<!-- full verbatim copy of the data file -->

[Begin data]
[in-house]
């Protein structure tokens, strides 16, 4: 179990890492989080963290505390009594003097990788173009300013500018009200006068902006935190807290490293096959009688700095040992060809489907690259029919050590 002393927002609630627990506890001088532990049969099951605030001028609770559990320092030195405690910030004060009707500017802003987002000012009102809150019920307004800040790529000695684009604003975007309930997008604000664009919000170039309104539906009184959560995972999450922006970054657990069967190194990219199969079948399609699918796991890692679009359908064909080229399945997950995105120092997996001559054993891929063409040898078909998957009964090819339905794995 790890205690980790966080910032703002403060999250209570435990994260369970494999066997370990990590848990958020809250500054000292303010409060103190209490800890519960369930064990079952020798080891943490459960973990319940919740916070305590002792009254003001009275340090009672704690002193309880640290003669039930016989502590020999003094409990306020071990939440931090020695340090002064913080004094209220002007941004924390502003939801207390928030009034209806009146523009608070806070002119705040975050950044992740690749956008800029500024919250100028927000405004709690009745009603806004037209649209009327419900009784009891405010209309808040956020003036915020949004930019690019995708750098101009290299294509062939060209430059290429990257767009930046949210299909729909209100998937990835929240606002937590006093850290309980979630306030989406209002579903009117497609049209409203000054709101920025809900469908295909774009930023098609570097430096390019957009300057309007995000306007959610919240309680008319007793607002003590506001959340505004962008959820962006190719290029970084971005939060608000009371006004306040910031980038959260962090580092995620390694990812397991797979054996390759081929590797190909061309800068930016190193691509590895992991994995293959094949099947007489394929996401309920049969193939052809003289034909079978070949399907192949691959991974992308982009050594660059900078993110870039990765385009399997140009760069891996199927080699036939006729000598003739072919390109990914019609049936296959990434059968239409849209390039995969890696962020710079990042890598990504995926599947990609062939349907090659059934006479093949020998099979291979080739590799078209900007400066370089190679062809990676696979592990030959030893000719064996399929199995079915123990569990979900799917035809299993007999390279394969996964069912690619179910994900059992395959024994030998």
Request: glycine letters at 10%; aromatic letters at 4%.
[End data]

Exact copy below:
[in-house]
């Protein structure tokens, strides 16, 4: 179990890492989080963290505390009594003097990788173009300013500018009200006068902006935190807290490293096959009688700095040992060809489907690259029919050590 002393927002609630627990506890001088532990049969099951605030001028609770559990320092030195405690910030004060009707500017802003987002000012009102809150019920307004800040790529000695684009604003975007309930997008604000664009919000170039309104539906009184959560995972999450922006970054657990069967190194990219199969079948399609699918796991890692679009359908064909080229399945997950995105120092997996001559054993891929063409040898078909998957009964090819339905794995 790890205690980790966080910032703002403060999250209570435990994260369970494999066997370990990590848990958020809250500054000292303010409060103190209490800890519960369930064990079952020798080891943490459960973990319940919740916070305590002792009254003001009275340090009672704690002193309880640290003669039930016989502590020999003094409990306020071990939440931090020695340090002064913080004094209220002007941004924390502003939801207390928030009034209806009146523009608070806070002119705040975050950044992740690749956008800029500024919250100028927000405004709690009745009603806004037209649209009327419900009784009891405010209309808040956020003036915020949004930019690019995708750098101009290299294509062939060209430059290429990257767009930046949210299909729909209100998937990835929240606002937590006093850290309980979630306030989406209002579903009117497609049209409203000054709101920025809900469908295909774009930023098609570097430096390019957009300057309007995000306007959610919240309680008319007793607002003590506001959340505004962008959820962006190719290029970084971005939060608000009371006004306040910031980038959260962090580092995620390694990812397991797979054996390759081929590797190909061309800068930016190193691509590895992991994995293959094949099947007489394929996401309920049969193939052809003289034909079978070949399907192949691959991974992308982009050594660059900078993110870039990765385009399997140009760069891996199927080699036939006729000598003739072919390109990914019609049936296959990434059968239409849209390039995969890696962020710079990042890598990504995926599947990609062939349907090659059934006479093949020998099979291979080739590799078209900007400066370089190679062809990676696979592990030959030893000719064996399929199995079915123990569990979900799917035809299993007999390279394969996964069912690619179910994900059992395959024994030998």
Request: glycine letters at 10%; aromatic letters at 4%.